Linked by Eugenia Loli on Tue 22nd May 2007 03:43 UTC
General Unix Would you be able to survive one full day without using the X server? Linux offers us a wide assortment of CLI based tools which use curses and/or framebuffer for functional user interfaces. There is no reason why you shouldn't be able look up stuff online, read your email, look at pictures, watch movies and listen to music as you are trying to configure X.
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RE[3]: Short answer...
by jessta on Tue 22nd May 2007 09:01 UTC in reply to "RE[2]: Short answer..."
jessta
Member since:
2005-08-17

Playing video in flash is certainly broken.
We already have perfectly fine media players to play videos on. eg. mplayer

There is no reason to force a user to use a media player that the site owner decides.

Reply Parent Score: 3

RE[4]: Short answer...
by Morin on Tue 22nd May 2007 15:23 in reply to "RE[3]: Short answer..."
Morin Member since:
2005-12-31

> Playing video in flash is certainly broken.

If playing video in flash doesn't work for you, then it's likely a problem with your distro, not with the website. I can watch Youtube videos on both OSX and Windows, and for what I know Linux should do it too, so it's probably not the website that is broken.

Reply Parent Score: 3

RE[5]: Short answer...
by jessta on Tue 22nd May 2007 15:41 in reply to "RE[4]: Short answer..."
jessta Member since:
2005-08-17

>> Playing video in flash is certainly broken.

>If playing video in flash doesn't work for you, then >it's likely a problem with your distro, not with the >website. I can watch Youtube videos on both OSX and >Windows, and for what I know Linux should do it too, so >it's probably not the website that is broken.

You misunderstand. Playing video in flash is a broken concept not a broken implementation.

Reply Parent Score: 3

RE[4]: Short answer...
by Doc Pain on Tue 22nd May 2007 23:38 in reply to "RE[3]: Short answer..."
Doc Pain Member since:
2006-10-08

"Playing video in flash is certainly broken."

"Broken" is not the word I would have used. I'd say (ab)using "Flash" as a replacement for HTML, images and video streaming is sick.

Most video portals today use "Flash". I would not complain if "Flash" would be an open standard, implemented as a standard feature in every major browser, such as the Javascript interpreter or the HTML and image renderer. But it's not that easy today. I think the company manufacturing "Flash" is to be blamed here, as well as the content providers pushing "Flash" onto users' desktops.

"We already have perfectly fine media players to play videos on. eg. mplayer"

We had them years ago, but nobody uses them. Open standards? Pah! Interoperability? Hah! Worst solution always wins. :-)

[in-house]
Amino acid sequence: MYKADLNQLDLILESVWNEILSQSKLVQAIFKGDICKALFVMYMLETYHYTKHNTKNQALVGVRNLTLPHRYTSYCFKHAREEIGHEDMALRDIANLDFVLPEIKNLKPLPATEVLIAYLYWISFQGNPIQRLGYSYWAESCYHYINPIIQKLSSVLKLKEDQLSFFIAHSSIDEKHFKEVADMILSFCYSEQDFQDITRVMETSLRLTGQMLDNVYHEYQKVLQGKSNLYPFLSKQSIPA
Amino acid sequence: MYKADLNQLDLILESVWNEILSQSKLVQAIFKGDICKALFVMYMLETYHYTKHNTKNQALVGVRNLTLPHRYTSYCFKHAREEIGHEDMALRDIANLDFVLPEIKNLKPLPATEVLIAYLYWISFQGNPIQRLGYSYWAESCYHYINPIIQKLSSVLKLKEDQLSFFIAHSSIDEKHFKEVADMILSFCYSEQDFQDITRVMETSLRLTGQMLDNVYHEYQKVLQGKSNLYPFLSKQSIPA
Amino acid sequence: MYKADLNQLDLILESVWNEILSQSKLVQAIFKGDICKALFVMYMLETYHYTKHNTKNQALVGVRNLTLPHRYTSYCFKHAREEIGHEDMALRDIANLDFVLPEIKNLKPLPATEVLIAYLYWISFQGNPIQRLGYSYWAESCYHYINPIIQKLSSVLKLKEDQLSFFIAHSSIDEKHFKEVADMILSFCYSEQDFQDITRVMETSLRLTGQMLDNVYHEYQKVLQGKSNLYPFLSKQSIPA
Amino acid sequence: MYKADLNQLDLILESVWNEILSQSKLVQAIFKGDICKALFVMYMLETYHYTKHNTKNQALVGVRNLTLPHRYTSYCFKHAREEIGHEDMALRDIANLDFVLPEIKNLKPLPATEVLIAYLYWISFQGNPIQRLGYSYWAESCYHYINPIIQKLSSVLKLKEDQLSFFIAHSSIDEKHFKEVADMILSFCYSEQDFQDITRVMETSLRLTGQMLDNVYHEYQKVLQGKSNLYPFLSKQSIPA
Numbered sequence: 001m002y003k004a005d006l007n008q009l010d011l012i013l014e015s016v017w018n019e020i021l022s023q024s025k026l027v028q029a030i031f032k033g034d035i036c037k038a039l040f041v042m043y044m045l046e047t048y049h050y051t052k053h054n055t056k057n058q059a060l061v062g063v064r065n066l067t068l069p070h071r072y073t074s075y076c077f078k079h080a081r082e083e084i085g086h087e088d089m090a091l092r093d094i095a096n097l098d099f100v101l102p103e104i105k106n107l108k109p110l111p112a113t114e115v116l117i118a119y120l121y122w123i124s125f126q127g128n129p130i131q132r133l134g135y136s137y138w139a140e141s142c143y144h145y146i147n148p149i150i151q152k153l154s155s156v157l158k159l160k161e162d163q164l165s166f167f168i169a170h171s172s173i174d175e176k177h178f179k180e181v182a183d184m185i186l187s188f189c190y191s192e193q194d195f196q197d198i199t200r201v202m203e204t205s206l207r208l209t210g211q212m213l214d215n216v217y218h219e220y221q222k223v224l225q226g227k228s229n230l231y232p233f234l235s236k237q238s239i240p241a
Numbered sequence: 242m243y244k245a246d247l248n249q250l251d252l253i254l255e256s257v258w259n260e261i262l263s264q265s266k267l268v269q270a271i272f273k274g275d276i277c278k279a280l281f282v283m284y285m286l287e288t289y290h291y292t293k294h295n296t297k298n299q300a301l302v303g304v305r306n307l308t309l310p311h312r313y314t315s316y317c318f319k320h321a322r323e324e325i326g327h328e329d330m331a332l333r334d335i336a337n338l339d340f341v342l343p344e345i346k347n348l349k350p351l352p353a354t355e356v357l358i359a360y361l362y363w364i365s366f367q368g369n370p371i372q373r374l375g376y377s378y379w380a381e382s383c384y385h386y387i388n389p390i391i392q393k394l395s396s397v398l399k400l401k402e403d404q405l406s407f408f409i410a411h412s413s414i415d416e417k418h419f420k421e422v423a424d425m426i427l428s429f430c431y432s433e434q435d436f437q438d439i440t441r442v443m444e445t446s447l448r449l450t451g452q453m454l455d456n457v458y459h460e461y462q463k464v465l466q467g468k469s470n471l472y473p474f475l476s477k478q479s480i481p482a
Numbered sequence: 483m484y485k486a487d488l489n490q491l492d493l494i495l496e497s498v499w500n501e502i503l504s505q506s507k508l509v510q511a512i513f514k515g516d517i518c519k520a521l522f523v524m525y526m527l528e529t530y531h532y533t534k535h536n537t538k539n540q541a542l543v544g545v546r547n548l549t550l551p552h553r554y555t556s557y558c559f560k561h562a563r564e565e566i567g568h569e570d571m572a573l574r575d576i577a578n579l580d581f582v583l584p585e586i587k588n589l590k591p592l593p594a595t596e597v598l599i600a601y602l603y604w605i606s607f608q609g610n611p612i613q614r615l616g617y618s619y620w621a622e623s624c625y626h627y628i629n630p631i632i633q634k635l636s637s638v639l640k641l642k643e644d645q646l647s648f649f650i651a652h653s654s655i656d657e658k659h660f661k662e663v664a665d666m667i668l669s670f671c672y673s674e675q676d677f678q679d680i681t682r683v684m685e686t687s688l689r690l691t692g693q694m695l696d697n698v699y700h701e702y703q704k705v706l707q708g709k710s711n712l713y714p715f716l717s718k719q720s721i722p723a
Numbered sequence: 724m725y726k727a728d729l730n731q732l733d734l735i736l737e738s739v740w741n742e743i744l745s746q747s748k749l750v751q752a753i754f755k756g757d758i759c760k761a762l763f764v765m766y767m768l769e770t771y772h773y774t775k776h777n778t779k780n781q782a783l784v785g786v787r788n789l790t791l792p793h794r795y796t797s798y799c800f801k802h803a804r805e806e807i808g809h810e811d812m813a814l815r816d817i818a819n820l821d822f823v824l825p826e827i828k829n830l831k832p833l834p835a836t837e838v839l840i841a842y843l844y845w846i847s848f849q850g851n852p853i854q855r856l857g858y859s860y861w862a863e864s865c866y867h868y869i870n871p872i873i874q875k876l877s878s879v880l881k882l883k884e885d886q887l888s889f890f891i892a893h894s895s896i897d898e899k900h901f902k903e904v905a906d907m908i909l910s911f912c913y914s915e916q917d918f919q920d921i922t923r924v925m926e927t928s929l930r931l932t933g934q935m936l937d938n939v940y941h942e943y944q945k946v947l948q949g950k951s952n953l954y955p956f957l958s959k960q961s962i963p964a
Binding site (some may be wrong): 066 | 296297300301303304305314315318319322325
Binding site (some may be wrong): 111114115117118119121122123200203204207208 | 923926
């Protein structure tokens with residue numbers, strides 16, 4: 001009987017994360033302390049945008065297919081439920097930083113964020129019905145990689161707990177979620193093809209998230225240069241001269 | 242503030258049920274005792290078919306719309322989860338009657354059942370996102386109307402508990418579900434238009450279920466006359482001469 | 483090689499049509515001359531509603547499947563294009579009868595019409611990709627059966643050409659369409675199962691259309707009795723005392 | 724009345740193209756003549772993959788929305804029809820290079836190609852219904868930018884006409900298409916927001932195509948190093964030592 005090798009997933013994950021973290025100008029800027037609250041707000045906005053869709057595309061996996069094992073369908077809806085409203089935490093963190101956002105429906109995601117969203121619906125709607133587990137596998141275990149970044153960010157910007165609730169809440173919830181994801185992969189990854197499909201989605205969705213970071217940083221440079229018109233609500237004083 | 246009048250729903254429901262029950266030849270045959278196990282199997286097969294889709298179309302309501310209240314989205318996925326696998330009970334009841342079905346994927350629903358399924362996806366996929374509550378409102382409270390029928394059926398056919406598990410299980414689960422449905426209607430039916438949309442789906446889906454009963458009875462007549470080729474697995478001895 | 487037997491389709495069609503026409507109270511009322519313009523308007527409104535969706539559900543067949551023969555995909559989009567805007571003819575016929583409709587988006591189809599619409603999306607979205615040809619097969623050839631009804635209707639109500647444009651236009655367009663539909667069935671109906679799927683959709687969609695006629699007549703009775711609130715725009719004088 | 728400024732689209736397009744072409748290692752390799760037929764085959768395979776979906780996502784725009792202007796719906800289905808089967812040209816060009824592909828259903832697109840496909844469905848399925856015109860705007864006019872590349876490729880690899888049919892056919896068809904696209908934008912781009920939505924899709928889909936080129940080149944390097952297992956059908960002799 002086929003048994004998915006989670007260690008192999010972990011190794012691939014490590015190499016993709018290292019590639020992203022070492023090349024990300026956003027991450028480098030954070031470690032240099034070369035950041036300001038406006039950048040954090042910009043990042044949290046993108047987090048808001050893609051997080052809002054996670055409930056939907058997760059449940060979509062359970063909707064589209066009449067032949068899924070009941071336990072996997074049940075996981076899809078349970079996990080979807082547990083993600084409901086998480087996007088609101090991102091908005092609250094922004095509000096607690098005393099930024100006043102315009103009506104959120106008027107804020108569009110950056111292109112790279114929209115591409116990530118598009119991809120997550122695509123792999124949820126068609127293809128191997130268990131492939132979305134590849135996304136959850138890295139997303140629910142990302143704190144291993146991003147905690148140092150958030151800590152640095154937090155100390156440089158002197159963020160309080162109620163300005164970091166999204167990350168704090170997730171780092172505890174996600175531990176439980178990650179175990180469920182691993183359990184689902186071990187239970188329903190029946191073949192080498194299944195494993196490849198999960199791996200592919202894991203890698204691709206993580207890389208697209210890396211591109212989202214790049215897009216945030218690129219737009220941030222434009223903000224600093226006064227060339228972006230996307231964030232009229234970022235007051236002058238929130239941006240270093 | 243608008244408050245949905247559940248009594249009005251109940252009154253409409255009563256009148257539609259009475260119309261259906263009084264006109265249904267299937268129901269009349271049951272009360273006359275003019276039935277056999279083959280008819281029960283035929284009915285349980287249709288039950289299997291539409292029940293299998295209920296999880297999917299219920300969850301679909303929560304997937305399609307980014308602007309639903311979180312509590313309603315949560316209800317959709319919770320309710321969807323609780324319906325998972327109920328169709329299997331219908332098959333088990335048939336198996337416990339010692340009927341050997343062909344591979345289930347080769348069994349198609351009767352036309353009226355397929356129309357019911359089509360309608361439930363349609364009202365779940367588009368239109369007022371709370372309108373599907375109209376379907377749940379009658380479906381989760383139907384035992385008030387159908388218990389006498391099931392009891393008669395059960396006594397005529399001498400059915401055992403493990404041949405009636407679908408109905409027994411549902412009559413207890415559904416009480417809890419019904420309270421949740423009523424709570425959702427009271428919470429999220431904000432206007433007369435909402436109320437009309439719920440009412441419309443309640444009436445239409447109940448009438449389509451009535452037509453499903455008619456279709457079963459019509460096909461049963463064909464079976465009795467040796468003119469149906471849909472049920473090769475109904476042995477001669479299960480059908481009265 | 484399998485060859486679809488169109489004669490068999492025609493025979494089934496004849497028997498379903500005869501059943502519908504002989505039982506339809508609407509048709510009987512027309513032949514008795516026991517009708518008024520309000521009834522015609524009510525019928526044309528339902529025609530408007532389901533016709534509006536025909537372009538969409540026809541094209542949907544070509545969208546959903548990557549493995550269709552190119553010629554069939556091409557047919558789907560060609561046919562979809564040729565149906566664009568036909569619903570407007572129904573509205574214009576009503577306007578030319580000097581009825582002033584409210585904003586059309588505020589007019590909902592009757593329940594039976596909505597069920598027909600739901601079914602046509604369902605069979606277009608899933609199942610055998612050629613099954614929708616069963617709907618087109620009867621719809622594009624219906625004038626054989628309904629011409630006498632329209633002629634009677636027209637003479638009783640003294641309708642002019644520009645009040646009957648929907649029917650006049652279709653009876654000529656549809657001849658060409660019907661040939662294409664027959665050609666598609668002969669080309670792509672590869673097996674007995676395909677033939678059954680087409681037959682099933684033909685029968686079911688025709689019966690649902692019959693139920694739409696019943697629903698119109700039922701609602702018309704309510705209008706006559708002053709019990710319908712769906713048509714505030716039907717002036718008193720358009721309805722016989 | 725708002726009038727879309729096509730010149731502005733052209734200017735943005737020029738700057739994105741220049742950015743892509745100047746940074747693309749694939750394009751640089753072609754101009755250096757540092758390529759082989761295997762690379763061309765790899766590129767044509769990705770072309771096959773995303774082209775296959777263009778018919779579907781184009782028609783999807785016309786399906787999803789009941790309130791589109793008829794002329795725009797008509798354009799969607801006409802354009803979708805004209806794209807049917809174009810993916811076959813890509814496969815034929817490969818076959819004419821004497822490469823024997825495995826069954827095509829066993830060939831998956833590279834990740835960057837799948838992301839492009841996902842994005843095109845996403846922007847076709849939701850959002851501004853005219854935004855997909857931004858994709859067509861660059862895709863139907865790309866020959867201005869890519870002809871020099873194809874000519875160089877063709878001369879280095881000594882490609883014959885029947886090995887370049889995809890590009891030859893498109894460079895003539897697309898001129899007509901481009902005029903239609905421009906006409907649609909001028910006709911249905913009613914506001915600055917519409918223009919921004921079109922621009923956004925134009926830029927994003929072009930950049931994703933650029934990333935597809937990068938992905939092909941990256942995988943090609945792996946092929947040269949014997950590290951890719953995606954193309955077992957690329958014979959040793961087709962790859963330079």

"There is no reason to force a user to use a media player that the site owner decides."

But that's the way it is. You want this? You need that. Some web sites even require outdated and strange browsers to work, and why is this? Because some Skriptkiddie is not smart enough to use Javascript properly.

Reply Parent Score: 4

RE[5]: Short answer...
by sbergman27 on Tue 22nd May 2007 23:50 in reply to "RE[4]: Short answer..."
sbergman27 Member since:
2005-07-24

"""
"Broken" is not the word I would have used. I'd say (ab)using "Flash" as a replacement for HTML, images and video streaming is sick.
"""

Broken, abused, or sick, I must say that when I run into a site with embedded Flash video, I know it is going to work on a Flash-capable Linux box.

Even with the various mplayer, vlc, and Real plugins installed, I usually read "Click Here To View a Mother Fighting Off a Shark To Save Her Kids" as "Abandon All Hope Ye Who Enter Here". Typically, I get a popup embedded "player" that just sits there dead on the screen asking if I'm high or low bandwidth, and whether I want Windows Media or Real Video.

I hate flash. But I will give it credit for actually working across platforms.

Reply Parent Score: 3

RE[4]: Short answer...
by Dima on Wed 23rd May 2007 00:28 in reply to "RE[3]: Short answer..."
Dima Member since:
2006-04-06

I'm not sure if mplayer is a "perfectly fine media player"... As much as I hate flash, it "just works".

Mplayer and Xine are just not as friendly. Can I fast-forward and rewind to any place in the file? Can I wait until the video is buffered completely? Sometimes... but usually it doesn't work.

And it's not just mpeg, flv, wmv, etc. files - ogg files don't play any better.

Reply Parent Score: 1

RE[5]: Short answer...
by Doc Pain on Wed 23rd May 2007 01:56 in reply to "RE[4]: Short answer..."
Doc Pain Member since:
2006-10-08

"Mplayer and Xine are just not as friendly. Can I fast-forward and rewind to any place in the file?"

Yes, you just press the cursor keys to navigate in a file, or you click on the buttons provided by kmplayer or gmplayer.

If you have a file that does not support navigation, such as malformed and strangely encoded WMV or AVI streams, you use the proper options, such as -ni, -nobps, -idx and -forceidx (last one always works).

"Can I wait until the video is buffered completely?"

I think you can, just make the setting in mplayer.conf fit your needs.

"Sometimes... but usually it doesn't work."

But it should. Always. Personally, I did not encounter any of the problems you began to describe. But maybe it's because I'm using an older version of mplayer on the box I just tested (mplayer-gtk-esound-0.92.1_1 there). I think other circumstances apply there.

"And it's not just mpeg, flv, wmv, etc. files - ogg files don't play any better."

Hmmm... cannot confirm. Allthough I'm using ogg123 and xmms for ogg file playback, mplayer plays it just fine.

Reply Parent Score: 2